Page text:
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Uber deactivates local driver who supports unionization

The following is from Teamsters Local 117:

SEATTLE (Feb. 22, 2016) — An outspoken Uber driver who supports unionization and has been critical of the company in the press was stripped of his ability to work on the Uber app without notice last week. Peter Kuel, who has driven for Uber since 2014, said he was given inconsistent, unfounded reasons for the deactivation of his account when he visited Uber’s Seattle offices in an attempt to resolve the issue.


Peter Kuel at Seattle City Hall in December 2015.

“I went to Uber several times to try to get an answer. Every time I went there, they told me something different,” Kuel said.

On Feb. 11, an Uber representative told Kuel that he had not completed a criminal background check, even though Kuel had fulfilled this requirement in December 2015. When Kuel submitted to a second background check on Feb. 12 and presented his paperwork to Uber, he was told that it was not the background check after all, rather an issue with his driving record.

Kuel proceeded to obtain a copy of his driving record, which shows that he has been in three no-fault accidents since 2014. When he returned to the Uber offices with the records, he was inexplicably told that he would have to wait indefinitely before he can drive again.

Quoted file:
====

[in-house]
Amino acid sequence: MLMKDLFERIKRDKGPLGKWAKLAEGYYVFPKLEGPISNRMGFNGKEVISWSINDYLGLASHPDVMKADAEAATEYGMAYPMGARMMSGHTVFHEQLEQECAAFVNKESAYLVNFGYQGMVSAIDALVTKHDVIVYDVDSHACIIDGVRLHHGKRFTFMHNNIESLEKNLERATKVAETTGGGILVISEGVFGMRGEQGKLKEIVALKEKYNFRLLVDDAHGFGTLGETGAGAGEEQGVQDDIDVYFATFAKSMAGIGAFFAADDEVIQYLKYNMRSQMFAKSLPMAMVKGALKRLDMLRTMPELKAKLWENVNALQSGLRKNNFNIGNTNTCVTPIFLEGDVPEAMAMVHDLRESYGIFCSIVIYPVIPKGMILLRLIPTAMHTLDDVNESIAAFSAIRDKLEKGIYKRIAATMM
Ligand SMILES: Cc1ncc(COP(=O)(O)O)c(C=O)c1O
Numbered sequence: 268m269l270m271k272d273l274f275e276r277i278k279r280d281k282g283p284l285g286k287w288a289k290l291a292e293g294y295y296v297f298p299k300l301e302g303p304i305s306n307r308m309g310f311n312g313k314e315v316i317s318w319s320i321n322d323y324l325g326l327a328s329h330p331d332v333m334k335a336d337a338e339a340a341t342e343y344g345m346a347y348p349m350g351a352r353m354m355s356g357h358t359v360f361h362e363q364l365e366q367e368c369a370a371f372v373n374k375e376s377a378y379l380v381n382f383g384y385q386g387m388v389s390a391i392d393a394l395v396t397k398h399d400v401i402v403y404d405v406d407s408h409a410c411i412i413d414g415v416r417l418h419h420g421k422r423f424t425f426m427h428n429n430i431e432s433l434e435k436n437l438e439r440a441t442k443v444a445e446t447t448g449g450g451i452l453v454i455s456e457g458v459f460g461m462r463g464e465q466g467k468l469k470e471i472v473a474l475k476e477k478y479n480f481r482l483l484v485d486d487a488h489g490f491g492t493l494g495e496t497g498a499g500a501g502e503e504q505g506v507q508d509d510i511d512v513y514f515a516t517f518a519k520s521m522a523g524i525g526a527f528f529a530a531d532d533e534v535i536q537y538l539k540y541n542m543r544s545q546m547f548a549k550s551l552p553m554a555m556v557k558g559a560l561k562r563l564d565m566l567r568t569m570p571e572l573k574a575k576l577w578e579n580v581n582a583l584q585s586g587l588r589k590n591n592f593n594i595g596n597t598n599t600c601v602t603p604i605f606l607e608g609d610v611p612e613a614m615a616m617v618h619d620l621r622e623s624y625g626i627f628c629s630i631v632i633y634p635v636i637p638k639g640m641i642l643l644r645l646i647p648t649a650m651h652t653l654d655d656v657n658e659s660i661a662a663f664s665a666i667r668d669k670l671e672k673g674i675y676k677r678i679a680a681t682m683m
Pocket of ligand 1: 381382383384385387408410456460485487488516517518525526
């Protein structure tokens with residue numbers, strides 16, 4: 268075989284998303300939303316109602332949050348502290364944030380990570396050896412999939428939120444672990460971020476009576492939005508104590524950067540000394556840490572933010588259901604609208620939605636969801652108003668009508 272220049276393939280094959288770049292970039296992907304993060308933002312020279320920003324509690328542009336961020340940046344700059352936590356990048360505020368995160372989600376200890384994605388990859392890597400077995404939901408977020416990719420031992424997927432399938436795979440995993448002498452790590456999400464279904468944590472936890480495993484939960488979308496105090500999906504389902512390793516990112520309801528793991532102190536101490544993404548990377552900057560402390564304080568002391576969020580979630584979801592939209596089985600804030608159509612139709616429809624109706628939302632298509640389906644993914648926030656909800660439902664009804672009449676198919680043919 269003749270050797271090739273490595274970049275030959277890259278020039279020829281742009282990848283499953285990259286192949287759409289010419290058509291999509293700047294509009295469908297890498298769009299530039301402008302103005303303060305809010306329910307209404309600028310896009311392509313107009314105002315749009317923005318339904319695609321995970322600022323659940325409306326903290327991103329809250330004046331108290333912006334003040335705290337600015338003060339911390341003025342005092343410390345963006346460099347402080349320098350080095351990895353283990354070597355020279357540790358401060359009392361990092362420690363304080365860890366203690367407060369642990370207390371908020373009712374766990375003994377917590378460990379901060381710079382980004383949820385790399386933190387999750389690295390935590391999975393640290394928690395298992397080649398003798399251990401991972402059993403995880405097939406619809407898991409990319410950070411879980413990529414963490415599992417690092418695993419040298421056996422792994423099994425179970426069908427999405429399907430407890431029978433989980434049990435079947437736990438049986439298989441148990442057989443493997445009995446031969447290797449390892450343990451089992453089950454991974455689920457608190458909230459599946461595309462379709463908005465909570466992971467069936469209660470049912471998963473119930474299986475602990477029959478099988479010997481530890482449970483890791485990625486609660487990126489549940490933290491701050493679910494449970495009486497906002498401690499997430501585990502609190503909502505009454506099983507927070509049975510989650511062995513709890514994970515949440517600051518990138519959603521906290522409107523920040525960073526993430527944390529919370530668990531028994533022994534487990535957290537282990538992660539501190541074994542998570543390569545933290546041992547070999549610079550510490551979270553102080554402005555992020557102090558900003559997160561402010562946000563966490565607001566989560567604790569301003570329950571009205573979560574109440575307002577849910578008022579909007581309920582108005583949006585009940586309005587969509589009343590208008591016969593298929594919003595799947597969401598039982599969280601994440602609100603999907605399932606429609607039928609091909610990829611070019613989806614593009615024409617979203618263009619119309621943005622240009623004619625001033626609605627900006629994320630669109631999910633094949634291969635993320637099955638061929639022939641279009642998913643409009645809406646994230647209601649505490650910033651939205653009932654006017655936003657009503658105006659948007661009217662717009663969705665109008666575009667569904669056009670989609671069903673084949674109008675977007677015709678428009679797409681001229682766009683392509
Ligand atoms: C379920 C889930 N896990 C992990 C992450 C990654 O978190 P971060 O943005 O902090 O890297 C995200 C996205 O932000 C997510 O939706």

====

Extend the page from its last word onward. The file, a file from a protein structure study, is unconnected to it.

“If they can see from my record that there are no problems, why won’t they let me work? Is it because I am involved in the union? They can see that the accidents were not my fault. I feel bad — I want to work. I am supporting my daughter, my parents. I have a car payment and a student loan and my rent,” Kuel said.

“We are deeply concerned that Peter may have been targeted as a result of his effort to organize fellow drivers and because of his leadership in the association,” said John Scearcy, Secretary-Treasurer of Teamsters Local 117. “It is unacceptable for a company to retaliate against workers who speak out to defend their rights. We demand that Uber reactivate Peter’s account immediately and appropriately compensate him for any lost earnings.”

Kuel is on the Leadership Council of the App-Based Drivers Association, an organization that advocates for the rights of Uber drivers and other drivers in Seattle’s for-hire industry. Over the past year, he has spoken to numerous local and national media outlets in favor of a new law that provides collective bargaining rights to Seattle drivers.



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